As you can see from these samples, Camera A gives decent, if not spectacular sharpness across the entire image area, whereas Sample B gives excellent sharpness in the middle, acceptable sharpness at lower left, but poor sharpness at lower right. From examination of this image alone, most people would probably conclude that Camera A is 'good' and Camera B 'bad', but things aren't quite that simple...

Real world scene (JPEG, ~24mm, f/4.5, ISO 80)

This scene was shot with the same two cameras, at 24mm (equivalent) and an aperture value of f/4.5. Focussing was set from the wooden docks in the middle distance.

In the real-world at the widest focal length both cameras have captured excellent images that are virtually indistinguishable.
Camera A 24mm
Camera B 24mm
Center crop Center crop
Lower left crop Lower left crop
Lower right crop Lower right crop

As you can see, at this focal length, and in a 'real world' scene with more depth, both cameras give basically identical image quality. Even at 100% on screen we'd struggle to distinguish results from either camera, both of which give excellent results. The corners are a little soft compared to the center from both samples, partly as a result of in-camera distortion correction, but image quality remains perfectly acceptable even here.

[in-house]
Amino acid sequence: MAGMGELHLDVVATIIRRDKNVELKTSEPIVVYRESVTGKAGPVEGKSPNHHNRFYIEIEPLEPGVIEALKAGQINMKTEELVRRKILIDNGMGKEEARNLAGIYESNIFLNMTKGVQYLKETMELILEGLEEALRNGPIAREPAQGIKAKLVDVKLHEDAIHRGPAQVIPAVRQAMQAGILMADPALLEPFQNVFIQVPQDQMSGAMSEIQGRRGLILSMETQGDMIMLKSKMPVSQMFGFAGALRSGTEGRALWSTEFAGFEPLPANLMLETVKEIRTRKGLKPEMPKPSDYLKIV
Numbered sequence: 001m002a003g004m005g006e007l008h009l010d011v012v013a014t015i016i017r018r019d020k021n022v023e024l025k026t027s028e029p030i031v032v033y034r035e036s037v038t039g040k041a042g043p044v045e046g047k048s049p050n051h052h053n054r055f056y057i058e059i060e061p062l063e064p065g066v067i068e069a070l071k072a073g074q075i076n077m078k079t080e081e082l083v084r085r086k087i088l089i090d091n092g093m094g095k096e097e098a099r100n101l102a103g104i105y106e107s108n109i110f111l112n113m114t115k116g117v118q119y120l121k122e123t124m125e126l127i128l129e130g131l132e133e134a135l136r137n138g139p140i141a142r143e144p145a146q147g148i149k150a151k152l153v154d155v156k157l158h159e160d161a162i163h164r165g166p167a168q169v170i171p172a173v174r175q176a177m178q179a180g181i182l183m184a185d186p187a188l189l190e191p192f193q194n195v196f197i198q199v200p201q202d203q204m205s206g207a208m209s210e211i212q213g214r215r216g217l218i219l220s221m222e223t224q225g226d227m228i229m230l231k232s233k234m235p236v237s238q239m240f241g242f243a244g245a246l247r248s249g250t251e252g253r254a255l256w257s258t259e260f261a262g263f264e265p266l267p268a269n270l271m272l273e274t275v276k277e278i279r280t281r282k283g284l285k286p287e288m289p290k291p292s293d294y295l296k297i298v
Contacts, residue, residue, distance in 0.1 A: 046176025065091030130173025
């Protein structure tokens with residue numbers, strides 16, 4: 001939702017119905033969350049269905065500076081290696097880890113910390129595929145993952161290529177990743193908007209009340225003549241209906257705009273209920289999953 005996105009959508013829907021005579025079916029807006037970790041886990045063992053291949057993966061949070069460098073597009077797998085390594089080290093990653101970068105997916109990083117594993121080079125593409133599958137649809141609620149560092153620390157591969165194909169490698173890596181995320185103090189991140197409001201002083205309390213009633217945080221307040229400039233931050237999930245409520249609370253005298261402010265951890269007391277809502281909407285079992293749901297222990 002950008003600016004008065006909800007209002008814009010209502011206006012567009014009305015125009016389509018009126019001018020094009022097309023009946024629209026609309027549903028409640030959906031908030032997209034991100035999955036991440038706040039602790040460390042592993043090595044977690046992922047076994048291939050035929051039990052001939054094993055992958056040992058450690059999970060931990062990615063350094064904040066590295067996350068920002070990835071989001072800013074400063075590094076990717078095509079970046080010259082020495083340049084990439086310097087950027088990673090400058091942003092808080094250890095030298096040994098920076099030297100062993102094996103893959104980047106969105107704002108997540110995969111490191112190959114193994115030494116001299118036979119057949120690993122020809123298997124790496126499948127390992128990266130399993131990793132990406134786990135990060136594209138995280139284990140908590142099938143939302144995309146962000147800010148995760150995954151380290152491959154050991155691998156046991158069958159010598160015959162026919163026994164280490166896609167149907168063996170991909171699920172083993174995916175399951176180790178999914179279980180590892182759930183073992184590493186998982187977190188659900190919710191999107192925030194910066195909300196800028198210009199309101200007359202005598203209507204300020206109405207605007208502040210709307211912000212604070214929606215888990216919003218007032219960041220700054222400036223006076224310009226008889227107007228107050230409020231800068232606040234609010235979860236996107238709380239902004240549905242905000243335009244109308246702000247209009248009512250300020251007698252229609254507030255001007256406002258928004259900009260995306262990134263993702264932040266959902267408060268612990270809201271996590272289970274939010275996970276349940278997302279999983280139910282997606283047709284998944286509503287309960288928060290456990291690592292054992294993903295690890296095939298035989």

Real world scene (JPEG, ~85mm, f/5.0, ISO 80)

Near the far end of the zoom range both camera A and B are still acceptably sharp in the center but in terms of corner sharpness the two cameras have swapped compared to the studio scene. Camera B, which had a soft corner in the lower right of the studio scene is now sharper than camera A in the same corner.
Camera A 85mm
Camera B 85mm
Center crop Center crop
Lower left crop Lower left crop
Lower right crop Lower right crop

Out in the real world at 85mm (equivalent) - pretty close to the focal length at which we shoot our studio scene - there are differences between our two sample cameras but the differences are subtle. Looking at the crop from the lower right of this image, Camera B - which gave poorer results in this area in our studio scene - has the edge over Camera A. Whereas Camera B gave soft results towards the lower right of the studio scene, it is camera A which appears slightly decentered on the right in this image, and by contrast, Camera B is slightly softer at lower left.

These images should serve as a perfect example of why you shouldn't read too much into a single set of samples, taken in a single environment. If you do a lot of copy work at relatively close range, you'll likely be unhappy with Camera B. For everyday shooting, however, it will keep you perfectly content - and remember that Camera B was one of the worst cameras of the five that we looked at, judged on its performance in our studio scene. Even the absolute worst camera that we used (again, judged by its performance in our studio at a focal distance of one meter) gives excellent performance in pretty well every other environment in which we used it.

We're not letting Canon off the hook though - we perform exhaustive critical studio testing precisely because it shows up aberrations that might not normally be evident. The level of sample variation that we've seen in the various cameras that we've used - however unimportant in normal use - is unusual in our experience of such a high-end camera, and definitely counts as a Bad Thing.